Classroom learning today has left the age of flipping through textbooks to follow along with the teacher, at least not for every class lesson. Teachers today are taking advantage of the use of digital devices and media to expand learning opportunities beyond a pencil and paper assignment. And, assessment is no longer just a multiple choice test.
Consider changing your usual assessment to one of these projects:
Regardless of your specific position in education, you may find it necessary at one point in your career to pursue funding for educational technology. While education technology is primarily funded at the state and federal level, there are multitudes of local grants you can apply for as well. You should carefully consider all possible funding sources when searching for money to pay for your newest classroom innovation.
Parents and educators across the country understand the importance of teaching kids how to code. Not only can it help them learn valuable skills that they can use into their technology-driver future, but it also helps them learn to approach problems differently. But determining the best method for teaching a child to code isn’t always obvious.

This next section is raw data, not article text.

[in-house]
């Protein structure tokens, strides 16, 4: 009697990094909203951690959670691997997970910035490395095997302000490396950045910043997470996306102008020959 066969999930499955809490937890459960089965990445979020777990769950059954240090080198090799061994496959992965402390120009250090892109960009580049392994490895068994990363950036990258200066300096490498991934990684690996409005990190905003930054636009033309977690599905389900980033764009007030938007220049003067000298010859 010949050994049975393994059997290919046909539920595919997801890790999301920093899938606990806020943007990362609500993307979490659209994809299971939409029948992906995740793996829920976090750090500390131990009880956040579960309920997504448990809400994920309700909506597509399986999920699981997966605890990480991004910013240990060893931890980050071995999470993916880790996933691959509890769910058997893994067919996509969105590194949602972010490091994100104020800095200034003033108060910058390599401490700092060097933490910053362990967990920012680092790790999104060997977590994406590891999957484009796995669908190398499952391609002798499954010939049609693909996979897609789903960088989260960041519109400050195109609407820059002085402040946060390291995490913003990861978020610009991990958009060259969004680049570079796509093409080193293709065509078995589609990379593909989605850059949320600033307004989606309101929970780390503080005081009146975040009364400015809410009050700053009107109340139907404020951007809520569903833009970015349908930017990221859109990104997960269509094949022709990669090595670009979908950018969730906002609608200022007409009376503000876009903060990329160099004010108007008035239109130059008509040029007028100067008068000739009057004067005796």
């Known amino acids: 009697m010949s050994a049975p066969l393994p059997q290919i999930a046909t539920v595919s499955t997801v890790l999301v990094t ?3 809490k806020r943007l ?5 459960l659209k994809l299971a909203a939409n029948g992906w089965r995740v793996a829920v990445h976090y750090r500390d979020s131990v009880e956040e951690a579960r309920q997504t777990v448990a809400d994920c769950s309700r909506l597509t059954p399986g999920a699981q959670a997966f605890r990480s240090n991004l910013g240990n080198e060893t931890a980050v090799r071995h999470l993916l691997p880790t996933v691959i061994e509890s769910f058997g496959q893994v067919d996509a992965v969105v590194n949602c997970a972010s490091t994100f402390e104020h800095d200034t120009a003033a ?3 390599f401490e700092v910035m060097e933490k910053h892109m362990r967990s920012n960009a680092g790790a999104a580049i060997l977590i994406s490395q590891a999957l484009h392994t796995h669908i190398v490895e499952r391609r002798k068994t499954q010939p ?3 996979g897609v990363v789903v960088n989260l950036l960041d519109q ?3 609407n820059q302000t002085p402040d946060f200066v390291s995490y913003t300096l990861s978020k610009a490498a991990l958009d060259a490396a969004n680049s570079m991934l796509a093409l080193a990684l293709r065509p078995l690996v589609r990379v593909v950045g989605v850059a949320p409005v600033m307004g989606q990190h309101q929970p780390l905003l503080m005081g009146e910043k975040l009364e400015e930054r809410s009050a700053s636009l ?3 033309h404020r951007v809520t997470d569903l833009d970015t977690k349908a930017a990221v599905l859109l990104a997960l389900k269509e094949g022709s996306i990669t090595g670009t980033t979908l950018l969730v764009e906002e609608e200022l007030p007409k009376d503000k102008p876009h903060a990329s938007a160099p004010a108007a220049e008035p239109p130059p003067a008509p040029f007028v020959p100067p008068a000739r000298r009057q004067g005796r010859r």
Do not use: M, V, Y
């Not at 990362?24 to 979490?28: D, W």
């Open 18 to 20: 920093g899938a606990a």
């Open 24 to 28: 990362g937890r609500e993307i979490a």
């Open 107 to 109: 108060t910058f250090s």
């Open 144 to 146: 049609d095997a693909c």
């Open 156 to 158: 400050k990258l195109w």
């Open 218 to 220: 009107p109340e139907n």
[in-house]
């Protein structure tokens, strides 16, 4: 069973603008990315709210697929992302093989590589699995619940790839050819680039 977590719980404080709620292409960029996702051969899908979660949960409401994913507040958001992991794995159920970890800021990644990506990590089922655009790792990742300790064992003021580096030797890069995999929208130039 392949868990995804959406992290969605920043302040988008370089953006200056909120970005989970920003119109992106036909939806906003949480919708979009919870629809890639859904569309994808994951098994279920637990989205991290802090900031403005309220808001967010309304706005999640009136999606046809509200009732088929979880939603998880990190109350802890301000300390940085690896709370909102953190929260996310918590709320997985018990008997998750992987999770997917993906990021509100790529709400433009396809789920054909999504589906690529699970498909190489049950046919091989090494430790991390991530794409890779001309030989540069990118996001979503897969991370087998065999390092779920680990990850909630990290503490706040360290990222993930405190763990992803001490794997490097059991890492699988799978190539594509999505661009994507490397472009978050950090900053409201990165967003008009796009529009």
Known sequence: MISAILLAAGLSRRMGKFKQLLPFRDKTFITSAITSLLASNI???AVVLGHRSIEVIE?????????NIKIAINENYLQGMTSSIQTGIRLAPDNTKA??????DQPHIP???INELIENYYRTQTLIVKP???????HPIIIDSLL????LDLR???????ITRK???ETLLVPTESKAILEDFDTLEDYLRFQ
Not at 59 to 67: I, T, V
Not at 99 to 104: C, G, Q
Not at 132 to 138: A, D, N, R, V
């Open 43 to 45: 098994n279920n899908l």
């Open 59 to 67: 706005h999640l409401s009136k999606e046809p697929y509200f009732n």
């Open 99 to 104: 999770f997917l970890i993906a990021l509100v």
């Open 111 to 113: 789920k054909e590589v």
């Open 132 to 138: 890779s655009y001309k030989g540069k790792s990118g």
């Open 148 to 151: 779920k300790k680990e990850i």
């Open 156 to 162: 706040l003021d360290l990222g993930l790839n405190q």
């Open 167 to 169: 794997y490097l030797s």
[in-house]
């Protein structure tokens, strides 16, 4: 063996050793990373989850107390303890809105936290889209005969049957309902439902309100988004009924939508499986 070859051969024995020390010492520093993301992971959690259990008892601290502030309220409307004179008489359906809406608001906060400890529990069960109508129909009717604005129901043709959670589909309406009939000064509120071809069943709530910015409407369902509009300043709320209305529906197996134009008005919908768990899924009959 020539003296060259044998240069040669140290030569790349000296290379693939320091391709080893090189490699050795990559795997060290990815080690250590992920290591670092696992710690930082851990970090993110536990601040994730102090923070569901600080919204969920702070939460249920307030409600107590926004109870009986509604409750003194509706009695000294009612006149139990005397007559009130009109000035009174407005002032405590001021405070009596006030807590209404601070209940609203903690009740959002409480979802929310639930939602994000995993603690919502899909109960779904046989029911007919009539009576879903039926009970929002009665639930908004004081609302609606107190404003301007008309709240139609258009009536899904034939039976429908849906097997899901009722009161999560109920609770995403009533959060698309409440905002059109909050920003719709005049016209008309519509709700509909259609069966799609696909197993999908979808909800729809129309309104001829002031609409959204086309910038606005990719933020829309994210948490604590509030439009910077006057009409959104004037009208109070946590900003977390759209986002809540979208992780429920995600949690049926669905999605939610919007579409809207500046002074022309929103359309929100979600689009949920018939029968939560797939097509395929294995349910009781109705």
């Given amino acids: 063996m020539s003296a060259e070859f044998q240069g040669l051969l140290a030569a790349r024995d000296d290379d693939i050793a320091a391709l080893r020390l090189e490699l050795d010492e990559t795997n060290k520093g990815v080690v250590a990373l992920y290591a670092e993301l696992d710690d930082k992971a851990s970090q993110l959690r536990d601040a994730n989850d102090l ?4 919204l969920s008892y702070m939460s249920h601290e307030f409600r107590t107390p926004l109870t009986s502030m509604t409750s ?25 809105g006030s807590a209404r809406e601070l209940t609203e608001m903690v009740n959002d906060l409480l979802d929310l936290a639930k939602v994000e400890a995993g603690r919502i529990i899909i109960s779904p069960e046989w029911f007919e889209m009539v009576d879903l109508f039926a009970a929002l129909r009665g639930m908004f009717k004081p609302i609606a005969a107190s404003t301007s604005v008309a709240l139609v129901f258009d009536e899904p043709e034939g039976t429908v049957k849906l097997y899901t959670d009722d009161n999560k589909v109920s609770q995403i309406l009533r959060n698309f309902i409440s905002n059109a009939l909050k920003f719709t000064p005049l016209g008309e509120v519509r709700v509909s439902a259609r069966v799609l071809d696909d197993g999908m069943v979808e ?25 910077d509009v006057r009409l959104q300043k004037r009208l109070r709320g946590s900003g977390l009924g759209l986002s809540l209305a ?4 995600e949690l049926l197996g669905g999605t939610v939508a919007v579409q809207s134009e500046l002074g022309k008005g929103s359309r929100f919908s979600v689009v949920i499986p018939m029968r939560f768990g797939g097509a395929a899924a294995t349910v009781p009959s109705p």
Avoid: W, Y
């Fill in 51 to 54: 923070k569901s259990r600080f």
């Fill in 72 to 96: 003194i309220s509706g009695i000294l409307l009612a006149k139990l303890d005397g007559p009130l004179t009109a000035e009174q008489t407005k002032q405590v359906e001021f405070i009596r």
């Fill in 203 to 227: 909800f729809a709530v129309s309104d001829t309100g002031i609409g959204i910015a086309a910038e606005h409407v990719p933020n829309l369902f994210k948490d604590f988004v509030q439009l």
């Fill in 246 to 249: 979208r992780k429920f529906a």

In most cases, people agree that a traditional textbook approach is insufficient for subjects like coding. While the idiosyncrasies of the language can be introduced that way, it is difficult to assimilate the information until it is in use fully. But sticking children in front of a blank screen and having them write line after line, though functional, isn’t very inspiring or even interesting.
If you want to capture the interest of young students while giving them access to a valuable skill set, then turning to games may be the ideal method.
Without a doubt, robotics is the next big thing in education. Like it or not, robots and robotics are the future. The sooner we accept robotics in schools and educate our children about robotics, the more prepared they will be for that future. At the moment, robotics is a reality at universities around the world, but imagine the possibilities if children entered those college programs already equipped with some robotic knowledge.
In this article, we have listed some interesting stories from universities to prove that there is already quite an interest in robotics after high school.
With the rise of new edtech companies, the competition to succeed in the industry grows each year. In 2016, the industry raised over 1 billion dollars. Staying ahead of the game and focusing on ways to outperform the competition is necessary for startups to stay alive. However, many companies are ignoring a valuable resource which they need for continued success. What is this untapped reservoir?
The answer you might not expect is teachers. Edtech companies often focus on technology development, testing, and integration. However, a significant number of them are doing so without the input of education professionals. What do traditional educators have to offer edtech companies? In short, a lot. Here are the most significant reasons edtech companies need to employ teachers.